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Fifteen-minute consultation: enterovirus meningitis and encephalitis—when can we stop the antibiotics?
  1. Simon B Drysdale1,2,
  2. Dominic F Kelly1,2
  1. 1Oxford Vaccine Group, Department of Paediatrics, University of Oxford, Oxford, UK
  2. 2NIHR Oxford Biomedical Research Centre, Level 2, Children's Hospital, Oxford, UK
  1. Correspondence to Dr Simon B Drysdale, Oxford Vaccine Group, Department of Paediatrics, University of Oxford, OX3 9DU, UK; simon.drysdale{at}


Enterovirus (EV) is the most common cause of aseptic meningitis and has a benign course, unlike EV encephalitis, which can result in long-term neurological sequelae. There are no active treatments or prophylactic agents, and management is purely supportive. Obtaining an EV-positive cerebrospinal fluid result usually allows antimicrobial treatment to be stopped. This review will answer some of the common questions surrounding EV meningitis/encephalitis.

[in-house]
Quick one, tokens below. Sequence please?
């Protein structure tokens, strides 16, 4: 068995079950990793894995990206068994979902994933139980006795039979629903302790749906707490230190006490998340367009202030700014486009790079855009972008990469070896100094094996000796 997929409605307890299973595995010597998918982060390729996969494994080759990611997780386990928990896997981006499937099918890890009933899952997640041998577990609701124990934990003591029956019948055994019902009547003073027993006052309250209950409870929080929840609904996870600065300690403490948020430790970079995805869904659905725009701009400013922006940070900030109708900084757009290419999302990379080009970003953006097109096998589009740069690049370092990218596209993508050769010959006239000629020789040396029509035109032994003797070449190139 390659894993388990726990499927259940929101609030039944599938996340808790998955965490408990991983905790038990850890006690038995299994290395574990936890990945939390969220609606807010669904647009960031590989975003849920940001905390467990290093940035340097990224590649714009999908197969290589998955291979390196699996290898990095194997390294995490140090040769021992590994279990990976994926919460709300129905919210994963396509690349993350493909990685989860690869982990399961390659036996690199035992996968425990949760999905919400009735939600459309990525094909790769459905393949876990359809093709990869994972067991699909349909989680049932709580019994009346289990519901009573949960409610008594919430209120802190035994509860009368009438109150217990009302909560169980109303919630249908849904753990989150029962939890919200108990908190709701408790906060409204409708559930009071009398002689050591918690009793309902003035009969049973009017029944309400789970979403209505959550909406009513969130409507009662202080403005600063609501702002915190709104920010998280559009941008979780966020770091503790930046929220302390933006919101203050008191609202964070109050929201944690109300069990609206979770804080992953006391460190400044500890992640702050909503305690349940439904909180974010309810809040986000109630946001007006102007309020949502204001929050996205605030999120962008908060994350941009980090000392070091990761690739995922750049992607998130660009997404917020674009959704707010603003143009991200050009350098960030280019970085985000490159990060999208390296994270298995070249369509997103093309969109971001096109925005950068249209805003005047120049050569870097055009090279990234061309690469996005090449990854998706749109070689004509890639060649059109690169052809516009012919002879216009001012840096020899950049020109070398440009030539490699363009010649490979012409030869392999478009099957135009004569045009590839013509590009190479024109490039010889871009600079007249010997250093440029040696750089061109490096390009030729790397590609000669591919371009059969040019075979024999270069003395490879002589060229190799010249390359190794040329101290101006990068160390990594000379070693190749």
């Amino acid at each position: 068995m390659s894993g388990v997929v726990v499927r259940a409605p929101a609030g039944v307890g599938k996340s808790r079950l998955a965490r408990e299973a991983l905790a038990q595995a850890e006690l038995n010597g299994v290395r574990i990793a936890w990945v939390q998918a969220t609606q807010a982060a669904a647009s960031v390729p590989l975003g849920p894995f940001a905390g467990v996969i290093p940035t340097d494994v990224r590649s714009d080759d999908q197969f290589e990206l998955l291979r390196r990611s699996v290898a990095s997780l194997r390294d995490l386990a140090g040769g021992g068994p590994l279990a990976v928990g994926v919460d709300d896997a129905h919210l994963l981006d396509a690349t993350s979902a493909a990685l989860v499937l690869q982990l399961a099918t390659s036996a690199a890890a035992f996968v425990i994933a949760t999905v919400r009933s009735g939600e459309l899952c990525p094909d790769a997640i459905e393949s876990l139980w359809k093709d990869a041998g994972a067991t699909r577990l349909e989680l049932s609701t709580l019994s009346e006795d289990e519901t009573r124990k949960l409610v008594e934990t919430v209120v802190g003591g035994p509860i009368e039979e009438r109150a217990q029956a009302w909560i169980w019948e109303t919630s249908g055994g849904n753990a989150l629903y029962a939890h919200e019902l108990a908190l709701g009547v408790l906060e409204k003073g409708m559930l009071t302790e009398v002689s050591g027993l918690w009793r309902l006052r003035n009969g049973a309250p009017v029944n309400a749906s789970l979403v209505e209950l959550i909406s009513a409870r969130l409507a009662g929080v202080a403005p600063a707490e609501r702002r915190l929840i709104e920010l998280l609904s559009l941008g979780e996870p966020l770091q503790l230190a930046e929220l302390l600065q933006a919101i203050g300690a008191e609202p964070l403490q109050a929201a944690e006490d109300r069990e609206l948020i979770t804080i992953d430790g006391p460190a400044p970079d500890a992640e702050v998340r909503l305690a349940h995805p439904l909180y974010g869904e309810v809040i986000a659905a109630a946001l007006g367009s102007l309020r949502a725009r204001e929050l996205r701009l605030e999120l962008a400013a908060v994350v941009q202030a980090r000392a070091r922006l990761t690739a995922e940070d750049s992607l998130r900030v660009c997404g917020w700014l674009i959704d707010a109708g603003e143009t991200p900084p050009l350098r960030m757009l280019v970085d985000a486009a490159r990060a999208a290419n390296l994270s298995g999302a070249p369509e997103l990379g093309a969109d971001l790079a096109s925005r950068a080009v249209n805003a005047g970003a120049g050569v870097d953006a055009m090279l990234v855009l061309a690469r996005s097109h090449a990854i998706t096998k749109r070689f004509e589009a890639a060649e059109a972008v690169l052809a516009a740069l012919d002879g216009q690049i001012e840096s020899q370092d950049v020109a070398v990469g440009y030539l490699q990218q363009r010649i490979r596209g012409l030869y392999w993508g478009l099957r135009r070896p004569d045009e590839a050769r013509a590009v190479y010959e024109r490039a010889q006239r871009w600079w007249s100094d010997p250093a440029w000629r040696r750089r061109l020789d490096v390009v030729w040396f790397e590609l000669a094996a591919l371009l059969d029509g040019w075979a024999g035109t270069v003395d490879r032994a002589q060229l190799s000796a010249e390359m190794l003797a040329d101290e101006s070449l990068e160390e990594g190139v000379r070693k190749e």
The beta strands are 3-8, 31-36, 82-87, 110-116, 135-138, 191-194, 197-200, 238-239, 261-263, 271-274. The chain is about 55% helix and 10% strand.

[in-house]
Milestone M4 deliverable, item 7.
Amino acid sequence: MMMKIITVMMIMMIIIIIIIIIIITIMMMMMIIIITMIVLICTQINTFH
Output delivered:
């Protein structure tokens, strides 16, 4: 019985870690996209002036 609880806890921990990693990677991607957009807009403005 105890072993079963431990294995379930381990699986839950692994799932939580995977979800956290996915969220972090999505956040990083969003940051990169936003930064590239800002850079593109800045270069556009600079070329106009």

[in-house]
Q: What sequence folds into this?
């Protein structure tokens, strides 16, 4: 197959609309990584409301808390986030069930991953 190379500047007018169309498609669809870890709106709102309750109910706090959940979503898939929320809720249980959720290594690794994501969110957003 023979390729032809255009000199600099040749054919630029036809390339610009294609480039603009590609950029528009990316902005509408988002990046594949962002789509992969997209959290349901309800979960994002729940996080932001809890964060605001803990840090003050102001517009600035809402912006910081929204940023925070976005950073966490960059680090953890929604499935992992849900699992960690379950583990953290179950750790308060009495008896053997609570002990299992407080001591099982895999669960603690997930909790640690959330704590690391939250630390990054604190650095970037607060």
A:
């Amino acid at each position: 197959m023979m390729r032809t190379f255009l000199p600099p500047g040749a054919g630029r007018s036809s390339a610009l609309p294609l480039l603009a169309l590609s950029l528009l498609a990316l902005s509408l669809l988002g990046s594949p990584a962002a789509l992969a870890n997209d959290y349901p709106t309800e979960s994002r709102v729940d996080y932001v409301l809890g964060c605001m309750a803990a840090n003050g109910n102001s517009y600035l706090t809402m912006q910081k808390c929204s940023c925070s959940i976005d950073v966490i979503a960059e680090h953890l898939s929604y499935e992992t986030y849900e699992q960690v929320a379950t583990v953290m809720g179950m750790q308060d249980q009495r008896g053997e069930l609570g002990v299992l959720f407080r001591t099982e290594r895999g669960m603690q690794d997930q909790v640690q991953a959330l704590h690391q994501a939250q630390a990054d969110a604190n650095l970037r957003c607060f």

• Enterovirus
  • parechovirus
  • meningitis
  • encephalitis
  • CSF

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  • Contributors SBD conceived the article. SBD wrote the original draft. SBD and DFK reviewed and redrafted it and approved the final version.

  • Competing interests DFK has received financial assistance from vaccine manufacturers to attend conferences and receives salary support from the NIHR Oxford Biomedical Research Centre.

  • Provenance and peer review Commissioned; internally peer reviewed.